Monday, Nov 19, 2018 | Last Update : 03:02 PM IST

A twisted love story

THE ASIAN AGE. | NAMRATA SRIVASTAVA
Published : Aug 15, 2018, 12:21 am IST
Updated : Aug 15, 2018, 12:21 am IST

The book was in fact titled Minority X, later renamed to Forbidden, and then to The Kafir’s Love.

Abhisar Sharma
 Abhisar Sharma

Falling in love with someone from another caste or religion has always raised eyebrows in the Indian society. And yet every once in a while two people fall in love, irrespective of all the boundaries that a society draw around them.

Abhisar Sharma’s latest book, The Kaafir’s Love, revolves around two star-crossed lovers, Sameer and Inara, whose love blossoms on the streets of Old Delhi.

Ask the author how did the idea germinate, and he quips, “With all that is happening in India currently, all the religious talk, I wanted to pen a social commentary on what happens when a Hindu man, Sameer, has to live in a Muslim majority area, what would his issues be and how would he deal with them. But, as I started penning it down,  it slowly emerged as a beautiful love story.”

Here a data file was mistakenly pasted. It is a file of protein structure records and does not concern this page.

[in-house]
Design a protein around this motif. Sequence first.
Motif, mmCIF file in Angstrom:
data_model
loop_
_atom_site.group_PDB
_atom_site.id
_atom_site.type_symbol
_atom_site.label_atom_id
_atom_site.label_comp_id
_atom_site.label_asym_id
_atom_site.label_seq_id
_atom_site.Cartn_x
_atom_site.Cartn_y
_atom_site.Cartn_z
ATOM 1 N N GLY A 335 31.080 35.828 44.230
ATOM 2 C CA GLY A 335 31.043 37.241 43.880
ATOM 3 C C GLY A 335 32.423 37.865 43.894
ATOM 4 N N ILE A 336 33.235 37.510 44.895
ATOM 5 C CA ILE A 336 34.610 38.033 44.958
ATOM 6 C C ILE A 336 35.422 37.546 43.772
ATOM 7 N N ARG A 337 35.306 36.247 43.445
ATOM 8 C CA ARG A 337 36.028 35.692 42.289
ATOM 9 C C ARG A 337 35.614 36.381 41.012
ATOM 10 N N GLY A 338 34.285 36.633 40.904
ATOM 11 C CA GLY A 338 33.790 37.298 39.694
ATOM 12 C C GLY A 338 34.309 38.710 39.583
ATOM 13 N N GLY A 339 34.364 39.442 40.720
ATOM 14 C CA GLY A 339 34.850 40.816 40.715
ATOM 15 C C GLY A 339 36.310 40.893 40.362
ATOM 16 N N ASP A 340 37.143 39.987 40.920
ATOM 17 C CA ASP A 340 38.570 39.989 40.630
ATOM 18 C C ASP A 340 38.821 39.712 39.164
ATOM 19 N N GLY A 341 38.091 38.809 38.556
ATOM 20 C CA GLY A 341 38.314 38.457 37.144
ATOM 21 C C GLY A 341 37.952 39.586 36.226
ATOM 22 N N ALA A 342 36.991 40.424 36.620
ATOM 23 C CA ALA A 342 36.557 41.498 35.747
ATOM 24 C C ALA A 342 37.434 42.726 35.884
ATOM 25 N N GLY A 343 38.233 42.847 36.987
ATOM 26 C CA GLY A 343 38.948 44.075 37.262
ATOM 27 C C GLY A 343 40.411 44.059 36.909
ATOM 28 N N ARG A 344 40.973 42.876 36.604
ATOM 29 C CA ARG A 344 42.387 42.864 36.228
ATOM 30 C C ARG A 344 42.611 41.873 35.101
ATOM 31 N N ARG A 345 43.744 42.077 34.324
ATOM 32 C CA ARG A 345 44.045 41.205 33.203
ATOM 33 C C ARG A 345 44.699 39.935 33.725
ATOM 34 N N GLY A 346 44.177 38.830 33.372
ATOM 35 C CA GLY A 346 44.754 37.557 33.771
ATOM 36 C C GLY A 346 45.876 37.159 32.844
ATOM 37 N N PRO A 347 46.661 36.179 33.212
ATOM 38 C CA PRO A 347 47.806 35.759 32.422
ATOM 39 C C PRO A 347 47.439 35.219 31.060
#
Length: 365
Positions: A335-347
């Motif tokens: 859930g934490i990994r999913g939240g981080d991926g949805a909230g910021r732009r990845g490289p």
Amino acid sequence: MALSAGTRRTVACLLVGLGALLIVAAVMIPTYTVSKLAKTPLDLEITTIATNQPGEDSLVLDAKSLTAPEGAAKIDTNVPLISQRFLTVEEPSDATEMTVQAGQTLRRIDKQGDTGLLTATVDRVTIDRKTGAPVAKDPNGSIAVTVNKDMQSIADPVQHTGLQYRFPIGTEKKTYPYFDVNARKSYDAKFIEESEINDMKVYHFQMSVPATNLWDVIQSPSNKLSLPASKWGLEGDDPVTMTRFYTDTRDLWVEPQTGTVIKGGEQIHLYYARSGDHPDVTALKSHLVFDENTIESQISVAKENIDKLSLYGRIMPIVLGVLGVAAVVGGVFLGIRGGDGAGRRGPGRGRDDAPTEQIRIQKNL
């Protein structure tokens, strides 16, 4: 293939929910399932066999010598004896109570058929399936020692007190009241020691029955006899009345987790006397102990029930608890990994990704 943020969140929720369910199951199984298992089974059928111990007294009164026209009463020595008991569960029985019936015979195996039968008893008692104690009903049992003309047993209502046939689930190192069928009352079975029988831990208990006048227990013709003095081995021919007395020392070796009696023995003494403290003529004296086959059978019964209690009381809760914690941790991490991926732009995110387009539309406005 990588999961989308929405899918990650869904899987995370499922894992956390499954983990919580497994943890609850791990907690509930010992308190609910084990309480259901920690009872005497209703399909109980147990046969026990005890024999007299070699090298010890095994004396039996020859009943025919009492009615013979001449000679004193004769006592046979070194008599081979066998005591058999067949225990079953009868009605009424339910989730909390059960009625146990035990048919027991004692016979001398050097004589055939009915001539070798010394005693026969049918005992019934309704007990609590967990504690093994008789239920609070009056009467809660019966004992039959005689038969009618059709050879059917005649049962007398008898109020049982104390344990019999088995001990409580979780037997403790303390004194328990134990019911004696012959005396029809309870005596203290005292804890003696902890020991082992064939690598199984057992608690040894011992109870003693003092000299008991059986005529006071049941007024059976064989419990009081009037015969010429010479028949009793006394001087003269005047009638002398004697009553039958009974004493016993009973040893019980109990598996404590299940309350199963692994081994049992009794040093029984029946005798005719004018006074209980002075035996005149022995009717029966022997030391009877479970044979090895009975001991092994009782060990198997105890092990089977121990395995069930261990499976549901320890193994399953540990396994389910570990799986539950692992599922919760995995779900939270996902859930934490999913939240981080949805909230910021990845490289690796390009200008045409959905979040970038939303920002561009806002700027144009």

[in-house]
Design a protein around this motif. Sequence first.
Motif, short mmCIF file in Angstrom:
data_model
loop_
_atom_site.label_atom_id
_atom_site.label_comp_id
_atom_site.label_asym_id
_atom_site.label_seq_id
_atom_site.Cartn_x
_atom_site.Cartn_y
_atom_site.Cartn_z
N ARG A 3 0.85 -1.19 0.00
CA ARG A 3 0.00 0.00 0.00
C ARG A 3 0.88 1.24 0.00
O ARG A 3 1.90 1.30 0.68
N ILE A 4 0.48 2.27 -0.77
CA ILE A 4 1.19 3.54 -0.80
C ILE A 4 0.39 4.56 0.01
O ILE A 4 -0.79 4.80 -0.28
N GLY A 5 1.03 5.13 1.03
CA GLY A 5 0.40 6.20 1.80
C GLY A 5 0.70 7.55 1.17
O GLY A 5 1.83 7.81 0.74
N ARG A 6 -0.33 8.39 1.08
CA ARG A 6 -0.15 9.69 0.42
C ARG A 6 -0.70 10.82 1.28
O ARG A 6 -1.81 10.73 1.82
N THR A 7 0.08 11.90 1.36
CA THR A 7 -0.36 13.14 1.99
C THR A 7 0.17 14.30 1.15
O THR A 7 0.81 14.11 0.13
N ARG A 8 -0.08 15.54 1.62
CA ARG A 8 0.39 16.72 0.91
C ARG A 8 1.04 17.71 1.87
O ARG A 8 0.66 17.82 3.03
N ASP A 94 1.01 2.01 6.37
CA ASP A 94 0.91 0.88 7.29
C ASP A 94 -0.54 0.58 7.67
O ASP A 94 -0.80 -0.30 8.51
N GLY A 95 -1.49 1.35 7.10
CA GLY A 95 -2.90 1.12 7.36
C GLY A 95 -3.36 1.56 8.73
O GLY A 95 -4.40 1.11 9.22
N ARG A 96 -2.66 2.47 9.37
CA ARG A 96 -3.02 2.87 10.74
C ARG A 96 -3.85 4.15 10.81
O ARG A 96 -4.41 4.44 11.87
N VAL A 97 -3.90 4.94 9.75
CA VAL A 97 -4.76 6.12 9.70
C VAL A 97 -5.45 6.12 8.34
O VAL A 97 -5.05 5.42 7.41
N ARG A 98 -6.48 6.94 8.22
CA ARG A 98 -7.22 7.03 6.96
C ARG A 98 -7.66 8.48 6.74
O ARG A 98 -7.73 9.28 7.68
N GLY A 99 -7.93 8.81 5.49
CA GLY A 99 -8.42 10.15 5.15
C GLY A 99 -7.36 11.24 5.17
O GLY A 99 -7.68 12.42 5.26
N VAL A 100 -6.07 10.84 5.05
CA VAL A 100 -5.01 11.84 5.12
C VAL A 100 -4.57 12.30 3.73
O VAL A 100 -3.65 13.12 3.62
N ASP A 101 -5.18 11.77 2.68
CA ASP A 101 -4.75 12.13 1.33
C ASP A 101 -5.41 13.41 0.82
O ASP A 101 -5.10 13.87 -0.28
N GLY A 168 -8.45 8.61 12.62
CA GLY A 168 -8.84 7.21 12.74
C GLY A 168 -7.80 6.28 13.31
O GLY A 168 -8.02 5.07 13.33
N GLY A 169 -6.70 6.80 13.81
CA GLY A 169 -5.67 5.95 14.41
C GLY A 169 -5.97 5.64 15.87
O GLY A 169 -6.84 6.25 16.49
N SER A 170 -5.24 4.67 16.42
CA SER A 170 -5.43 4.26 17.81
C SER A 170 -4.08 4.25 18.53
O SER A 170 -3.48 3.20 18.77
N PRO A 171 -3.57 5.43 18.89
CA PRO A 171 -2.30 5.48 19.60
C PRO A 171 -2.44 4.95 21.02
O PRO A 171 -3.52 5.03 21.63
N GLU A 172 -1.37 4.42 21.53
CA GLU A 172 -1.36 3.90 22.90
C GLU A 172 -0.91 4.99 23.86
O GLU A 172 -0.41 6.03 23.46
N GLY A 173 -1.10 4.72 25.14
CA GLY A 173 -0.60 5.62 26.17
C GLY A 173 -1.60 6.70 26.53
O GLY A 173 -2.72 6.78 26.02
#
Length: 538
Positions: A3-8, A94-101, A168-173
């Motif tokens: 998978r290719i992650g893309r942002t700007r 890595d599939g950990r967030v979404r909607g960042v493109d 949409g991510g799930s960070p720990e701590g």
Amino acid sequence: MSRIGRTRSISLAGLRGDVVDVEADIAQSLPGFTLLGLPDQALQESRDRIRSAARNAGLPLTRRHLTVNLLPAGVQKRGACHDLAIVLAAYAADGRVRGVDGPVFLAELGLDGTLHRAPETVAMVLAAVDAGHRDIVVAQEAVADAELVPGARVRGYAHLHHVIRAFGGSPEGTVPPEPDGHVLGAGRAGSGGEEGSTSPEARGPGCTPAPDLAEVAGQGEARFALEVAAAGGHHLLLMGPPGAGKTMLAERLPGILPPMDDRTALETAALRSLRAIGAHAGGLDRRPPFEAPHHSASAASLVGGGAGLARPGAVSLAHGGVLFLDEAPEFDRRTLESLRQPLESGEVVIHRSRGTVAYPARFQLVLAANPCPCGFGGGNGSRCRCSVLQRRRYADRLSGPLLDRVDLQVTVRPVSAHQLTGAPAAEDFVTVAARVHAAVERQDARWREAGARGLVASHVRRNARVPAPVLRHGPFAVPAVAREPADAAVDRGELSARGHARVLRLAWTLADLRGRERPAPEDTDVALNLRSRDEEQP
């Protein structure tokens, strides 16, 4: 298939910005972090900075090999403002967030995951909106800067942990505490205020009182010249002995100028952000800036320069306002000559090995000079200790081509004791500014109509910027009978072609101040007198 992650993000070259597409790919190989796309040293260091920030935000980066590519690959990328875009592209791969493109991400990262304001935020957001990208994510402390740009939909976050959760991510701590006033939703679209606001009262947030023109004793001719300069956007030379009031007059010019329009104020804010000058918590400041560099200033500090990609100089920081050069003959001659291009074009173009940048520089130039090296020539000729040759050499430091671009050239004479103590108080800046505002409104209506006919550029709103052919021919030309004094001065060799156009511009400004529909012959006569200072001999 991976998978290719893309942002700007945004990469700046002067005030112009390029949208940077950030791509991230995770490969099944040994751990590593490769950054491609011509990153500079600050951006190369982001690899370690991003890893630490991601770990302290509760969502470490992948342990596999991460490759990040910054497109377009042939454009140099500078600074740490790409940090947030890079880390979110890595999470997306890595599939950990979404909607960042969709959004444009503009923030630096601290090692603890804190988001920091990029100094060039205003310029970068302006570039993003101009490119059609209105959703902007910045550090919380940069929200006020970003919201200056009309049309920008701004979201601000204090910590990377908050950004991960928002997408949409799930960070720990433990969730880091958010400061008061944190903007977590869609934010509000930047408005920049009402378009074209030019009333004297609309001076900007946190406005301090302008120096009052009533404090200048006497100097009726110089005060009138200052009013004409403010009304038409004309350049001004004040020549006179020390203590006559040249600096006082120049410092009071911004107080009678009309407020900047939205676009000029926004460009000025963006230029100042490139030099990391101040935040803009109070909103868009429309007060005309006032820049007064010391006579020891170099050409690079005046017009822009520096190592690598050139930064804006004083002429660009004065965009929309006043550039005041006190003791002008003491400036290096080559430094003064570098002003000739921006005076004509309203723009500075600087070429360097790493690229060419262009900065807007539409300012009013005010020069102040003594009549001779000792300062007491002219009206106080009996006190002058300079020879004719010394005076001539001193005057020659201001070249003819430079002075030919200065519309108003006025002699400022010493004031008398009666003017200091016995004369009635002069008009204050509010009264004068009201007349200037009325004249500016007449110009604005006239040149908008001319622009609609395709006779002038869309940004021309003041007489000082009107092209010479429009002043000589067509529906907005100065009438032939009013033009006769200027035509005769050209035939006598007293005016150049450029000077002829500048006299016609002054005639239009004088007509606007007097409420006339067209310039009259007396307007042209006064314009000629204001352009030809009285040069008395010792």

The book was in fact titled Minority X, later renamed to Forbidden, and then to The Kafir’s Love. The author shares that there are a few uncomfortable questions about one’s identity that the book raises. “I wanted to write a fiction on something that is troubling the country, including the religious polarisation that we get to see a lot nowadays. We are today in a society where there is constant fear about one’s identity and how they portray it. I wanted to talk about the uncomfortable things that we often don’t speak about. It is not just another love story. The reader will encounter many twists and turns.”

The Kaafir’s Love Rupa Publications India Pages: 257 `295The Kaafir’s Love Rupa Publications India Pages: 257 Rs 295

A well-known journalist, Abhisar feels that it is shocking when religious intolerance starts getting a political boost. “We are intolerant and insecure at a very deeper level. But when things like hatred toward another caste or religion gets political blessing that becomes a problem,” he adds.

It took Abhisar around three years to finish the book. However, the author didn’t have to do much research. “I live in Delhi, and hence am familiar with the Old Delhi area and its people. So, there wasn’t much to be researched. But I did speak about religion a few times to some people. I have done reporting from Benaras and of course Delhi, so I understand how life unfolds in the places mentioned in the book,” Abhisar concludes.

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